- Schedule for family time, for walking the dog, watering the plants, and even your working hours. If you need to stop working by 5 p.m., then stop working at that time. It’ll allow you to do other activities you’ve been wanting to do.
Completing the work
It’s one thing to be distracted, but it’s a dilemma when you’ve not finished any work. Whether you are distracted or overwhelmed with tasks, it’s crucial to complete your work before the scheduled clock-out. And because there’s no superior who physically oversees your work, it’s hard to get into time management in terms of beating the deadline.
- To prioritize, you’ll have to start from top to bottom. Meaning the top ones are the most difficult and do the smaller ones that will require less energy after.
- Limit the tasks you’re supposed to do during that day. Use the Eisenhower trick called 1-3-5: 1 high-priority task, 3 medium-priority tasks, and 5 low-priority tasks.
- Move other tasks to tomorrow and some other days as you can’t really do everything on your list in one day without burning yourself out. And burnout is another issue that most remote workers are facing now.
Knowing when to clock-out
Because you’re within the confines of home, the line between your work and life becomes a blur. Most of the time, you do things that are beyond your working hours as you’ve forgotten to put a limit on it. Later on, you’ve welcomed burnout and you lost the interest to work.
- To avoid that, schedule your work hours, lunch breaks, and bio-breaks and it’s important to strictly follow them. Treat this as if you’re working in the office with strict schedules of breaks that everyone has to follow.
- Create a conducive environment that is for working. Maybe a lamp and clean desk with quiet music playing in the background and turn them off before you leave. This is to condition your mind that you’re done being in the zone.
- List the things you want to do after your work and make them interesting. Maybe you want to go out for a run or go to the gym or buy some fresh produce for your breakfast the following day. The point here is to motivate you to finish work and never log back in on your computer that day – because you’re supposed to do something fun.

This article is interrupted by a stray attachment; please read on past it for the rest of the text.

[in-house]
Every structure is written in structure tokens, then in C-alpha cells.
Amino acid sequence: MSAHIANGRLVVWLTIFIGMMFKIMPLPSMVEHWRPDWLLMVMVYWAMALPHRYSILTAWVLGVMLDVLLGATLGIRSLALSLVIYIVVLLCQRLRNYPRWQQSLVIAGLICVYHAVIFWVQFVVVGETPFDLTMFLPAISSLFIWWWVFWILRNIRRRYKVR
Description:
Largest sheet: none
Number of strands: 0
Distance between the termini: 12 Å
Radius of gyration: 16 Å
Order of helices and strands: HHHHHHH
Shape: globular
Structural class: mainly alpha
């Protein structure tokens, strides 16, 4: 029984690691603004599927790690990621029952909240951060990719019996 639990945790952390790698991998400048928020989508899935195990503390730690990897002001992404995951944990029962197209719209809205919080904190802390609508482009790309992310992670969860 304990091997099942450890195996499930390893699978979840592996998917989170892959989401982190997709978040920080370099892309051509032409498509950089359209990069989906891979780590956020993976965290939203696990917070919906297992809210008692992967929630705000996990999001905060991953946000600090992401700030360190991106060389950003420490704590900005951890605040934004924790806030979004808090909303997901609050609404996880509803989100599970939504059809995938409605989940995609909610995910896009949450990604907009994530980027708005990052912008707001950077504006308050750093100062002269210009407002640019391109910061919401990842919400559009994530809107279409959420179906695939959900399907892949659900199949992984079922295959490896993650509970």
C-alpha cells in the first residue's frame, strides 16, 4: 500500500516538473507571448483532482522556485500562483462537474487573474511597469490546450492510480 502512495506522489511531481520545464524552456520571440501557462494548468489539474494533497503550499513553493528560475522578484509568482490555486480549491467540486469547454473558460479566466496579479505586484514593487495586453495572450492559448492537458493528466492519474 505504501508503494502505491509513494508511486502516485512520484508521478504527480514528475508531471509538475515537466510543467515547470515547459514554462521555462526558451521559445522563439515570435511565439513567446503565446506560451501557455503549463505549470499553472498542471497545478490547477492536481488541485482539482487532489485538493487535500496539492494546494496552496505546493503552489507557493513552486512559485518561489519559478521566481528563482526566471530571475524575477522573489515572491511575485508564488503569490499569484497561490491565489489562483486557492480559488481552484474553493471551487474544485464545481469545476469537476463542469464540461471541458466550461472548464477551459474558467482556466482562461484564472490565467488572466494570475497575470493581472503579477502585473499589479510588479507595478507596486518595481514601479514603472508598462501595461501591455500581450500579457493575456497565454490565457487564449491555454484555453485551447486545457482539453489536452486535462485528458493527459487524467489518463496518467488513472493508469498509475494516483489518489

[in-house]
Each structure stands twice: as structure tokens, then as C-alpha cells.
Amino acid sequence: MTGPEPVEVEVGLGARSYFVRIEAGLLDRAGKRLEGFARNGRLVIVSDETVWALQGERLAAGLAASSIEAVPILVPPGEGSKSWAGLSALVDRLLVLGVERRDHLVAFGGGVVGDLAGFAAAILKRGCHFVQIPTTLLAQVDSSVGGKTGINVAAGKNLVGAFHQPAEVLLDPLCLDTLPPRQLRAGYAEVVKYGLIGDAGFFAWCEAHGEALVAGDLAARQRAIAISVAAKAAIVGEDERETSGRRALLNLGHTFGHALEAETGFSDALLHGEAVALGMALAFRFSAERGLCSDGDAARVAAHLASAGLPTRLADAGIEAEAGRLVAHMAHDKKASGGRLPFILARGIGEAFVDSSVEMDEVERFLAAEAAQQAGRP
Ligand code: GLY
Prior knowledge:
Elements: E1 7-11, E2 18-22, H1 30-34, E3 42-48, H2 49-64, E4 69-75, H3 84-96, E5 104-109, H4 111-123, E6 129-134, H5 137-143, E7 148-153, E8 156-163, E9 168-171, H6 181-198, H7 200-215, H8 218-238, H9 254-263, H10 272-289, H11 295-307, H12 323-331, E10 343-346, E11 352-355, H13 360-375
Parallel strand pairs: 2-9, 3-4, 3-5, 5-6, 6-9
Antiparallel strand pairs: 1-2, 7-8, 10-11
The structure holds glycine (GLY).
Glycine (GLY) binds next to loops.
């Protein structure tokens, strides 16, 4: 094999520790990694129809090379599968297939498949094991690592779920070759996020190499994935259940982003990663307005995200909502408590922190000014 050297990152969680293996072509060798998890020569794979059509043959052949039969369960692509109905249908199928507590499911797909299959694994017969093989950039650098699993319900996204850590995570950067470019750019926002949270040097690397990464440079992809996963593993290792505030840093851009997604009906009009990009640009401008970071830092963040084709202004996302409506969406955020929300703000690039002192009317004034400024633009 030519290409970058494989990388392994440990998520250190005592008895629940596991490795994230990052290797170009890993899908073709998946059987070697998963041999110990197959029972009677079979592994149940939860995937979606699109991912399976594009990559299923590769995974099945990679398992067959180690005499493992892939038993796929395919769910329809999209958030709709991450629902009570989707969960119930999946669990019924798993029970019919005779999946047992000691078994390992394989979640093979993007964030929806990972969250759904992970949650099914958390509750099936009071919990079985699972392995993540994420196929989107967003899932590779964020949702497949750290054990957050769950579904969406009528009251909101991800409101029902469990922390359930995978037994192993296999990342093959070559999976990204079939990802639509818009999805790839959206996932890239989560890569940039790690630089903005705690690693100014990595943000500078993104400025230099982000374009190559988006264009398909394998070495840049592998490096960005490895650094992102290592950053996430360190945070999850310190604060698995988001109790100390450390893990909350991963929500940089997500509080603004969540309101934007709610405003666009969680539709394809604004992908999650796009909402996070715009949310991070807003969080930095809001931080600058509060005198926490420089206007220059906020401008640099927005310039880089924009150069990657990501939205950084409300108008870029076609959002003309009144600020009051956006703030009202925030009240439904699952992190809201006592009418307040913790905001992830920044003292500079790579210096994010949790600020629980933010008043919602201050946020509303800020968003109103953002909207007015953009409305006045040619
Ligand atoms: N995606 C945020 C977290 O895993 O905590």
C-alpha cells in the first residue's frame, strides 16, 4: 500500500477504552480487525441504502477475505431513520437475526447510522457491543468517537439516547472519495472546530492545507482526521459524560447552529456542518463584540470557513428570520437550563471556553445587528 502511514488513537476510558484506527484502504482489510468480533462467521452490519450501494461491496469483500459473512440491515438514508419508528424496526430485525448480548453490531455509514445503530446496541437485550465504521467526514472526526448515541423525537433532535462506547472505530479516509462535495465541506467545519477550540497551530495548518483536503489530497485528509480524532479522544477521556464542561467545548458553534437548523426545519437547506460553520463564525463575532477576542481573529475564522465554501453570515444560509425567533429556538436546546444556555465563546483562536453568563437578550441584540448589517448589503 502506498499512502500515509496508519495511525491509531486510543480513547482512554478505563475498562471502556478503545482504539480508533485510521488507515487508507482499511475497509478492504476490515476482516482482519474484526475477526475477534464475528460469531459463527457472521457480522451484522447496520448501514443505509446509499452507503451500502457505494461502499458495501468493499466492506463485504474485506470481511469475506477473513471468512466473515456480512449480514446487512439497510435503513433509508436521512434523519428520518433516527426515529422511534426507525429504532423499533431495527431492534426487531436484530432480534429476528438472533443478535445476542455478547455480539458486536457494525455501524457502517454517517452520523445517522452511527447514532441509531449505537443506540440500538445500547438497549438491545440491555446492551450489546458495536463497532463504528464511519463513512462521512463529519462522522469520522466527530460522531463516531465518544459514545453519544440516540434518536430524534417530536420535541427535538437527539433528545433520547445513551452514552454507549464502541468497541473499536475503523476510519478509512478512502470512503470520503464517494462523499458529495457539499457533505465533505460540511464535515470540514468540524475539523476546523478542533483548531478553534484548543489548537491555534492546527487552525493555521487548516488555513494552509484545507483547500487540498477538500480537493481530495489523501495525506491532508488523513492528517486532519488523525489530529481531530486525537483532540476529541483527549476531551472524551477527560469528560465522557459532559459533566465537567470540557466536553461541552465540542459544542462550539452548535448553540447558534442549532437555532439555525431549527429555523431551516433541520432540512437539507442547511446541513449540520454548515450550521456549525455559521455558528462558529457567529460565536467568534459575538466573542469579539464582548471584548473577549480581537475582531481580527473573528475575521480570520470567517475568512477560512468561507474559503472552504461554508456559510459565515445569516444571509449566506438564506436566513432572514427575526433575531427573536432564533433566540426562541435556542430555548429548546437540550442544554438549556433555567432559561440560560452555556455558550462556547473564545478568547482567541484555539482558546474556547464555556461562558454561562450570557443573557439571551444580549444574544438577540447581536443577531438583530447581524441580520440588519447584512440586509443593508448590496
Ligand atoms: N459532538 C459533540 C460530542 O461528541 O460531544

The mysteries of technology
Because we have creative innovators and advanced technologies — we have collaborative tools like Slack. Slack, and solutions like it, allow teams to collaborate in one place, and that helps work become highly efficient. GroupLink everything HelpDesk, GroupLink Workflow Process & Incident Tracking, and GroupLink for SafestSchools are similar workflow enablers with excellent workflow and WFH capability. As good as these tools are, there are still some possible infrastructure hiccups that remote workers experience.
The software tool may be working splendidly, but maybe it’s the server, the laptop used, the camera that’s rolling, the signal – that causes technology to not work correctly.
- Always have a contingency plan for this. If there’s a power outage in the area, go to a co-working space that you’ve set up in case something like this happens, and make sure you’ve checked their internet connection prior to going there. It’ll be a complete waste of time if their internet has some issues that can potentially delay your work.
- Test your devices and tools. It’s a disappointment to your teammates or to your superior if you can’t join the meeting because of some problems with your tool. Test the tools you’re going to use ahead of time to avoid causing inconvenience for others.
- Have some back-up data. In case your Internet WiFi goes out, use your mobile hotspot to tether to your laptop as your temporary WiFi.
Entering into this kind of work arrangement suddenly can seem a bit daunting, scary at times, and thrilling. But with the right mindset, realistic expectations, and by being aware of the possible issues you’d encounter when it comes to working from home, you can have a better strategy and outlook, thus performing better at work.